How can you grow tomatoes and melons in a home garden with limited water?
By Ann B., Master Gardener Volunteer
OSU Extension, with Amy Garrett, has been developing the protocols and plants to garden without irrigation. Not only will this allow gardening in the ever-increasing years of drought, but it also can save on water bills. So, a project was started at the Master Gardener volunteer demonstration garden to determine whether vegetables can be grown in the home garden without watering.
First we used an auger to remove a soil core from our plot to determine if we had at least 4-6 feet of soil. Our soil was deep enough and contained clay as well. Organic-rich soils with some clay content have more water-holding capacity. Shallow or sandy soils are not amenable to dry farming. Before planting, the soil was tilled, some organic fertilizer and organic matter was added and the area was soaked. Plants were placed at least twice as far apart as usually indicated. We planted ours 6 feet apart. The soil was gently packed around the transplants and 2-3″ mulch was placed on top. During the summer we did not water at all, removed weeds regularly and did not walk on the area so that the soil was not compacted. Despite having a very warm summer (above 100F for a week), we harvested lovely Early Girl tomatoes. Subsequent years we harvested Dirty Girl tomatoes and melons.
During our first summer we noticed that one plant was much bigger than the other two. We had several theories of what caused it, from it getting less wind to being a hybrid planted by mistake. In the fall, at the end of the season, when we were removing the dead plants, we solved the mystery. This was a very clever plant. It grew a very long thick root that grew over about 6 ft. to a nearby bed that was watered. Therefore it was not really participating in the experiment! In subsequent years we did not irrigate that near-by bed.
Amy Garrett, OSU Extension Service, has run experiments on many other plants. These are some that she has determined do well with dry farming: Stupice and Perfect Rogue tomatoes, Beefy Resilient beans, Sweet Freckels melon, Eel River and Christmas watermelon, Zeppelin and Delicata winter squash, Dark Star and Costa Romanesco zucchini. And there are varieties of potato, dry beans, and grapes that will flourish. Although we did not do this, using a cover crop over winter, especially a legume such as crimson clover, will add organic matter and increase nitrogen availability.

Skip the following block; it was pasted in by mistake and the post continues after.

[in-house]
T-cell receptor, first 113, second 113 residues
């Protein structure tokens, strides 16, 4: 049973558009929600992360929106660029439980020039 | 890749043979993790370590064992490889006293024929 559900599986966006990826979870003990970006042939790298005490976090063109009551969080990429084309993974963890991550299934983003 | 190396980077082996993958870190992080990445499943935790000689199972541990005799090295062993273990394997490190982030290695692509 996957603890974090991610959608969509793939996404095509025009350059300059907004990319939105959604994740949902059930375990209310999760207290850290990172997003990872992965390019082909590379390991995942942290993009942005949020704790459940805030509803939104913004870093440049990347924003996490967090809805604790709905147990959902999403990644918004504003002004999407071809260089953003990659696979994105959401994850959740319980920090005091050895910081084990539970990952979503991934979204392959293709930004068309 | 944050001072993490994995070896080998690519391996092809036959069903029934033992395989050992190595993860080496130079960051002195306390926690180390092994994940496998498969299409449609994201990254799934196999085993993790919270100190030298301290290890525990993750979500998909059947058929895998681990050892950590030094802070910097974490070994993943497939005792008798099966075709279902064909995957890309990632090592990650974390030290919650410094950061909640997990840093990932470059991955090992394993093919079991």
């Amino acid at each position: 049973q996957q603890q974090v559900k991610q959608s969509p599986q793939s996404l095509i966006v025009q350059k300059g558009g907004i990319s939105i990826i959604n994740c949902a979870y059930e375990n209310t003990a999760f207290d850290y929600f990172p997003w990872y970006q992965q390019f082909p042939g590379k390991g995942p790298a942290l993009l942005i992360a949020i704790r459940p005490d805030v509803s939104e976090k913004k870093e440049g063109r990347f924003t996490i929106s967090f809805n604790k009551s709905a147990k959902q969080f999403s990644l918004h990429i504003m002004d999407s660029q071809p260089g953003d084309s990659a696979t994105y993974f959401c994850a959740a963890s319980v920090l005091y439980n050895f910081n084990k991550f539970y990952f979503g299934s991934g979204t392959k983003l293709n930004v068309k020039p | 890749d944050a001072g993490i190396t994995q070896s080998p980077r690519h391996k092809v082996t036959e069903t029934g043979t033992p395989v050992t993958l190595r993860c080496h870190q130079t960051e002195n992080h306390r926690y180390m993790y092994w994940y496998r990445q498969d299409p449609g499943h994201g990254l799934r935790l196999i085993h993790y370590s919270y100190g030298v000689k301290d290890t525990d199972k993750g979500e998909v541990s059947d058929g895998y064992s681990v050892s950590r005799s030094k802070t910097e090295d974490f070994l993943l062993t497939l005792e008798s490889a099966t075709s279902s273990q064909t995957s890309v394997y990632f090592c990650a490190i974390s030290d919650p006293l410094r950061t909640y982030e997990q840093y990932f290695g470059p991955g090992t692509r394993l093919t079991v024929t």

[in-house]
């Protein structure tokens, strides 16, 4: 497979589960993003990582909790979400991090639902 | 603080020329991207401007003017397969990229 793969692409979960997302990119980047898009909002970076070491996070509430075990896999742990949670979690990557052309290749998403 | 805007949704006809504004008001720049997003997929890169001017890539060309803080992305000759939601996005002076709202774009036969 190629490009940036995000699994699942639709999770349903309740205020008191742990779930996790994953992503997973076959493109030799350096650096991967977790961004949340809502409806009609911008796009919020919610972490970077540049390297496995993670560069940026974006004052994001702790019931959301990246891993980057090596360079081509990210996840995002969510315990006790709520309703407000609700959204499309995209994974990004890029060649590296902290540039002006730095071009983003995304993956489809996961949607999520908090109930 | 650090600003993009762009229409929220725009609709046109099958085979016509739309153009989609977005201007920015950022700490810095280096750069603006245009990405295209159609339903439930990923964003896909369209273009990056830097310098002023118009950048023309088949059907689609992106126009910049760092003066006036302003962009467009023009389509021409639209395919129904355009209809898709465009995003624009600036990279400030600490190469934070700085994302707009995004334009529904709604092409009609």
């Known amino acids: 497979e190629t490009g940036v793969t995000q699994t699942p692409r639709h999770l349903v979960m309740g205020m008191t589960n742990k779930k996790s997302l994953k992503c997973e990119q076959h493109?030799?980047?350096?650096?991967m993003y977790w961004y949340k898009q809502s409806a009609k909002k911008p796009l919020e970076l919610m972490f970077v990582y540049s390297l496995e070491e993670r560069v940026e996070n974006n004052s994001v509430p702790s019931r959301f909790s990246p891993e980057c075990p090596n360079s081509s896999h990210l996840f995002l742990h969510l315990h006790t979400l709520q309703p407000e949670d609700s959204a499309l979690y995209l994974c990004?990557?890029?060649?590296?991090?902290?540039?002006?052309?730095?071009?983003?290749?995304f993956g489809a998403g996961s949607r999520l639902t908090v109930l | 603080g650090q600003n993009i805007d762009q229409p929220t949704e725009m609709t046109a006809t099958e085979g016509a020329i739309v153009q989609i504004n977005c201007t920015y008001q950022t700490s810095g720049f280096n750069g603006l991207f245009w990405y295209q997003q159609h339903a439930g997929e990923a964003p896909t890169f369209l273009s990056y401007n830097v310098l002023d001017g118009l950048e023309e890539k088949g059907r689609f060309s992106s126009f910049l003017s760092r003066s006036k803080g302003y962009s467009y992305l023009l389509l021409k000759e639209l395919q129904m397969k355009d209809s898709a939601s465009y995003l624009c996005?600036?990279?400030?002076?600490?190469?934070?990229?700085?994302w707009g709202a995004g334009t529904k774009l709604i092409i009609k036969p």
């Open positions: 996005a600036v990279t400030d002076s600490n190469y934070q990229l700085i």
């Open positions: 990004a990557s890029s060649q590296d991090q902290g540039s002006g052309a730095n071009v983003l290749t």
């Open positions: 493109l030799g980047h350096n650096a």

Tips for success
- Don’t plant where there is competition for water from trees or other plants.
- Don’t plant on a slope.
- Raised beds are not ideal as they dry out faster; sunken beds work the best.
- Try to find a place protected from wind, which causes plants to lose water quicker.
- Use plants as indicators of where you have the most water. Notice which plants are still green and lush in August. They’re telling you where deep soil with water-holding capacity exists.
- Maintain a neutral pH of 6.5 to 7. Most soils in the Willamette Valley will need an application of lime.
- Timing is key. Plant when is not too wet or too dry. It’s tricky, but the important thing to remember is to plant when there’s still moisture in the top profile of soil.
- It’s possible to use little or no water and have a productive garden. It’s an important technique when you’re trying to save resources, and water is one of the biggest issues.
- OSU Extension- Small Farms Dry Farming Demonstration: http://smallfarms.oregonstate.edu/dry-farming-demonstration
- Runsten, D. and Mamen, K- Introduction to Dry Farming Organic Vegetables.
- CA Agricultural Water Stewardship Initiative 10 Nov 2014 http://agwaterstewards.org/index.php/practices/dry farming
- Solomon, Steve- “Gardening Without Irrigation: or without much anyway”, 2013
- Widtsoe, John-“The Better Days Books Origiganic Guide to Dry-Farming: A Complete System for Achieving Bountiful Harvests Where Rain is Scarce, and Without Irrigation”, Nov. 2008
- Widtsoe, John- “Dry Farming: A Guide for Farming Crops Without Irrigation in Climates with Low Rainfall and Drought”, 2018